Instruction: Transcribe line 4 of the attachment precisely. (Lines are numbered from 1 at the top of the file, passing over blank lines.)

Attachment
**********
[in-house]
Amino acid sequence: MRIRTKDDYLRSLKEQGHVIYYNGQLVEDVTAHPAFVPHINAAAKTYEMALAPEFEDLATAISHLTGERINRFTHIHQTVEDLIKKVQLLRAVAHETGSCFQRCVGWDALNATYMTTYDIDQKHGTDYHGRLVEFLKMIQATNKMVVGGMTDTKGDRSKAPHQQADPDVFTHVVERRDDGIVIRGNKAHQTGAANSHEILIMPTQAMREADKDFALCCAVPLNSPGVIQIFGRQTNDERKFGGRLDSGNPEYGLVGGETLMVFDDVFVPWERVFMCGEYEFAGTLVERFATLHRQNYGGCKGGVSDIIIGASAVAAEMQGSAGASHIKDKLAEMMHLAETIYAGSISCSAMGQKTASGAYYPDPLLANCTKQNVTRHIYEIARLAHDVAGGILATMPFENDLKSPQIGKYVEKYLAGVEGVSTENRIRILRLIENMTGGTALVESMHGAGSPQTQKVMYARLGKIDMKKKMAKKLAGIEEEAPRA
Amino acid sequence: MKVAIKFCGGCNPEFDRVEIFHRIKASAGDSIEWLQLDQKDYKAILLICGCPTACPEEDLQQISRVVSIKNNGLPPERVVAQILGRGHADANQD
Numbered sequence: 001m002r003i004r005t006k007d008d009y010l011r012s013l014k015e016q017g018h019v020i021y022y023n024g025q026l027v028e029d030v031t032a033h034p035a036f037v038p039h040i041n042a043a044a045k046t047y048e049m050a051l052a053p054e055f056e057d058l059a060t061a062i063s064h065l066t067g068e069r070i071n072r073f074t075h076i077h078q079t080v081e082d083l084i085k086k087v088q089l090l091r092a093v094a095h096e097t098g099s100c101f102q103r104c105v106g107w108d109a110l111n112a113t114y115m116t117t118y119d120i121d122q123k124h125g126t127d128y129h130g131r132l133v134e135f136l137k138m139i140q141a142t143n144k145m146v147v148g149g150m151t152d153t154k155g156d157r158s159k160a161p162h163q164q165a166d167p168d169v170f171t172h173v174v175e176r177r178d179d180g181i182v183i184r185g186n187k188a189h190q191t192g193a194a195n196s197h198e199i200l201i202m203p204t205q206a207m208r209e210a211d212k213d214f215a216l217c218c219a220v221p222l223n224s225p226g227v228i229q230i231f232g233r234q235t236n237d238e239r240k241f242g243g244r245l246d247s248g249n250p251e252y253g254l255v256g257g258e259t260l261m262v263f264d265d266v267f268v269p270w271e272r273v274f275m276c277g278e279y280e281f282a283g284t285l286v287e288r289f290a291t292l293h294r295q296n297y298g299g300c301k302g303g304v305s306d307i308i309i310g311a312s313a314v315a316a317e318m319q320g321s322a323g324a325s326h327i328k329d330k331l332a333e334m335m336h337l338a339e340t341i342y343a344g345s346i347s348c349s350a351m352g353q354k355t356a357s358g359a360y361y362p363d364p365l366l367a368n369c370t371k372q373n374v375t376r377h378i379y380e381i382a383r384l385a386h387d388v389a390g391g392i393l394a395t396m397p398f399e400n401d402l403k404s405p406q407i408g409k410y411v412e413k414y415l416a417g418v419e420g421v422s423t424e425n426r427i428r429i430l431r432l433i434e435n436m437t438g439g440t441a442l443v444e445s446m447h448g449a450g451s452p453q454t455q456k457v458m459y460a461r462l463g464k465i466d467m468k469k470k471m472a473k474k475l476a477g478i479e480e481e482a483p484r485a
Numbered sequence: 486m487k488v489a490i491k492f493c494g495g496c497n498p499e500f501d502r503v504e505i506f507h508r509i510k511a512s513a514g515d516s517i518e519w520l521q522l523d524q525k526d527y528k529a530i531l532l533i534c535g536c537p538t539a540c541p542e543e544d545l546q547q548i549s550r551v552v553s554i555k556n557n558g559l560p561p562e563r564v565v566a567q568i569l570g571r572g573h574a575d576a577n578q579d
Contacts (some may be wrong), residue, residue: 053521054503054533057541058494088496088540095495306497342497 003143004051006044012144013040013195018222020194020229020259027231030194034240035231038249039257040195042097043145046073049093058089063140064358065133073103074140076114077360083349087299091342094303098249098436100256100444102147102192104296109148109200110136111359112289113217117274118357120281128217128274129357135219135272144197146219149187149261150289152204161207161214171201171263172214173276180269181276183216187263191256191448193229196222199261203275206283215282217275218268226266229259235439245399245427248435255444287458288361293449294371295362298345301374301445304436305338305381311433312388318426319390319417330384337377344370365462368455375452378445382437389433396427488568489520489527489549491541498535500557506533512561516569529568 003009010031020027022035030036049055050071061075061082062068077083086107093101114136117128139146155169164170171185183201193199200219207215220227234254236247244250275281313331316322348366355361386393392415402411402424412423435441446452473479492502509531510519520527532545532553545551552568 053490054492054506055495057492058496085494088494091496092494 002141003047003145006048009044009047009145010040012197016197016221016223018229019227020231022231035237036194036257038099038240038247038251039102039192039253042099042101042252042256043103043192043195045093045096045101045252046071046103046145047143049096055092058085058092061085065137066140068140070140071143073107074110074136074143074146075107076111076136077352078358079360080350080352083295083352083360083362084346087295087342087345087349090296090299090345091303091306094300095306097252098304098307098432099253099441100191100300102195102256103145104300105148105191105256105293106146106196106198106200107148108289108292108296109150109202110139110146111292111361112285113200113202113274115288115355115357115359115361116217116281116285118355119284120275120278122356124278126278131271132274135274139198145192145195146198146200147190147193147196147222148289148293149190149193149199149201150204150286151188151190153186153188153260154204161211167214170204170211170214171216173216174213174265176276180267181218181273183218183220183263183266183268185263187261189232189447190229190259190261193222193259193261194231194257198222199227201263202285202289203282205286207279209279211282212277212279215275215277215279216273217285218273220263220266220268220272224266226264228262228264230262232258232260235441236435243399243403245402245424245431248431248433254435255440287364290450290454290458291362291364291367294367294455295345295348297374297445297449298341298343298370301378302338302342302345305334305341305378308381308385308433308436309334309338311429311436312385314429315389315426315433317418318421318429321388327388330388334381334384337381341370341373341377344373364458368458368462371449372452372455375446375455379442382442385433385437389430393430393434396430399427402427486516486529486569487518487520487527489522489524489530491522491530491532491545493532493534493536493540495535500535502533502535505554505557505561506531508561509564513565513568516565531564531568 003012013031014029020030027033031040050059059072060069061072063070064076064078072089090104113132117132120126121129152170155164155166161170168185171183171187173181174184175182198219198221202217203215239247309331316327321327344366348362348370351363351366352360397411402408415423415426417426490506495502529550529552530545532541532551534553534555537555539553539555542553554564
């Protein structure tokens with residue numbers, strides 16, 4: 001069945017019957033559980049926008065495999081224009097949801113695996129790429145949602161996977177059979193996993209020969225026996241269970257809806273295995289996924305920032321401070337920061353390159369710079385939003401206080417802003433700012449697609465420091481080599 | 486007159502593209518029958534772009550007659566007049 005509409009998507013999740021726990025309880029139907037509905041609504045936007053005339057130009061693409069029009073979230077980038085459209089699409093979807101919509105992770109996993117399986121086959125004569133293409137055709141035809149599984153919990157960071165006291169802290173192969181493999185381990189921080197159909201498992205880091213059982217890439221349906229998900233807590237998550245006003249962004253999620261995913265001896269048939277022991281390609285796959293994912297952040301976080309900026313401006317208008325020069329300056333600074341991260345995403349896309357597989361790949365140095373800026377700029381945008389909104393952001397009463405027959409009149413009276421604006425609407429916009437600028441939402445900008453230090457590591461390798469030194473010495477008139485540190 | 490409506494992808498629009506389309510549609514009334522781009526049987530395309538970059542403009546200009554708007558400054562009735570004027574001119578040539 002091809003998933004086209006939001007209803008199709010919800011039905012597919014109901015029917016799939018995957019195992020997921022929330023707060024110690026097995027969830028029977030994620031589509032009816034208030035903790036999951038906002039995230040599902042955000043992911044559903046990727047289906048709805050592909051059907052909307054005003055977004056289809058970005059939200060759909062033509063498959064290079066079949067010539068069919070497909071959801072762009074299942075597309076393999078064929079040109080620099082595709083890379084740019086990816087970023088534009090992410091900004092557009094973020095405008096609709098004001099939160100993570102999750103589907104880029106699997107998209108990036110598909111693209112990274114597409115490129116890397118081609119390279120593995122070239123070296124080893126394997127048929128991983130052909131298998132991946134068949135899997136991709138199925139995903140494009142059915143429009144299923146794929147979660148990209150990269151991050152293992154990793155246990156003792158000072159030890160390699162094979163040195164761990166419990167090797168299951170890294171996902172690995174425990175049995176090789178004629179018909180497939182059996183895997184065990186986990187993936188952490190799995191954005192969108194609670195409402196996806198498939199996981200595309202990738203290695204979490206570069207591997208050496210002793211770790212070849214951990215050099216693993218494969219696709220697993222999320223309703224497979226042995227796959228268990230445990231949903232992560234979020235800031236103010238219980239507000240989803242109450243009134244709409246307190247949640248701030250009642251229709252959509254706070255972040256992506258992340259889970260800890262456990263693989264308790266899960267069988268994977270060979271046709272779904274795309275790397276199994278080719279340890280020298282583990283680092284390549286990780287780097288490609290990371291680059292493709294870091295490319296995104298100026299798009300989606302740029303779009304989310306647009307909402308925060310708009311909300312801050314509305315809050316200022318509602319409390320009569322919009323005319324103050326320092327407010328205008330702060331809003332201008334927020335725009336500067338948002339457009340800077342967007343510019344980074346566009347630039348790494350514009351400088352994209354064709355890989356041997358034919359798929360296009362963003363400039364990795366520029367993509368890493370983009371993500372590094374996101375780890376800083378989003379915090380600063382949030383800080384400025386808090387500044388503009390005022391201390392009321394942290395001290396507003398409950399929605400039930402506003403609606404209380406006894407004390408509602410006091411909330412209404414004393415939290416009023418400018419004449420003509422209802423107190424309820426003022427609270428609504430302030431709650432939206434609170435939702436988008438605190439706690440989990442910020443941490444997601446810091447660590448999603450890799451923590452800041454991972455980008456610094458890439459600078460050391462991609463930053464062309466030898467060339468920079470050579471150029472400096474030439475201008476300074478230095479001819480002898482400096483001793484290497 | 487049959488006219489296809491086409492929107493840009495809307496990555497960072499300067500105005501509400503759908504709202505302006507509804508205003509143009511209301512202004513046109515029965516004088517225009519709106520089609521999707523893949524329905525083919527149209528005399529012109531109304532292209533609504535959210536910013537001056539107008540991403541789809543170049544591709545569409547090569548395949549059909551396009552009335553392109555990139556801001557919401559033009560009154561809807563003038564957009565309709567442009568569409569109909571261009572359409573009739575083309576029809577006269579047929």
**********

Numbered sequence: 001m002r003i004r005t006k007d008d009y010l011r012s013l014k015e016q017g018h019v020i021y022y023n024g025q026l027v028e029d030v031t032a033h034p035a036f037v038p039h040i041n042a043a044a045k046t047y048e049m050a051l052a053p054e055f056e057d058l059a060t061a062i063s064h065l066t067g068e069r070i071n072r073f074t075h076i077h078q079t080v081e082d083l084i085k086k087v088q089l090l091r092a093v094a095h096e097t098g099s100c101f102q103r104c105v106g107w108d109a110l111n112a113t114y115m116t117t118y119d120i121d122q123k124h125g126t127d128y129h130g131r132l133v134e135f136l137k138m139i140q141a142t143n144k145m146v147v148g149g150m151t152d153t154k155g156d157r158s159k160a161p162h163q164q165a166d167p168d169v170f171t172h173v174v175e176r177r178d179d180g181i182v183i184r185g186n187k188a189h190q191t192g193a194a195n196s197h198e199i200l201i202m203p204t205q206a207m208r209e210a211d212k213d214f215a216l217c218c219a220v221p222l223n224s225p226g227v228i229q230i231f232g233r234q235t236n237d238e239r240k241f242g243g244r245l246d247s248g249n250p251e252y253g254l255v256g257g258e259t260l261m262v263f264d265d266v267f268v269p270w271e272r273v274f275m276c277g278e279y280e281f282a283g284t285l286v287e288r289f290a291t292l293h294r295q296n297y298g299g300c301k302g303g304v305s306d307i308i309i310g311a312s313a314v315a316a317e318m319q320g321s322a323g324a325s326h327i328k329d330k331l332a333e334m335m336h337l338a339e340t341i342y343a344g345s346i347s348c349s350a351m352g353q354k355t356a357s358g359a360y361y362p363d364p365l366l367a368n369c370t371k372q373n374v375t376r377h378i379y380e381i382a383r384l385a386h387d388v389a390g391g392i393l394a395t396m397p398f399e400n401d402l403k404s405p406q407i408g409k410y411v412e413k414y415l416a417g418v419e420g421v422s423t424e425n426r427i428r429i430l431r432l433i434e435n436m437t438g439g440t441a442l443v444e445s446m447h448g449a450g451s452p453q454t455q456k457v458m459y460a461r462l463g464k465i466d467m468k469k470k471m472a473k474k475l476a477g478i479e480e481e482a483p484r485a